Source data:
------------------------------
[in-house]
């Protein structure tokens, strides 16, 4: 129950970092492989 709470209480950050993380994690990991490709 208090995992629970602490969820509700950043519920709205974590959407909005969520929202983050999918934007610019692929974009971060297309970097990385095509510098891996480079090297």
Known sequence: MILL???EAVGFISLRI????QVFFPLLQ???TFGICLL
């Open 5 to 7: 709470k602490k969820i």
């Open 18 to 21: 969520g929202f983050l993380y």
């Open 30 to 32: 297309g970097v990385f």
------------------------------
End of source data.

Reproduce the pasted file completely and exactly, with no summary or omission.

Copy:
[in-house]
């Protein structure tokens, strides 16, 4: 129950970092492989 709470209480950050993380994690990991490709 208090995992629970602490969820509700950043519920709205974590959407909005969520929202983050999918934007610019692929974009971060297309970097990385095509510098891996480079090297």
Known sequence: MILL???EAVGFISLRI????QVFFPLLQ???TFGICLL
């Open 5 to 7: 709470k602490k969820i």
């Open 18 to 21: 969520g929202f983050l993380y």
């Open 30 to 32: 297309g970097v990385f």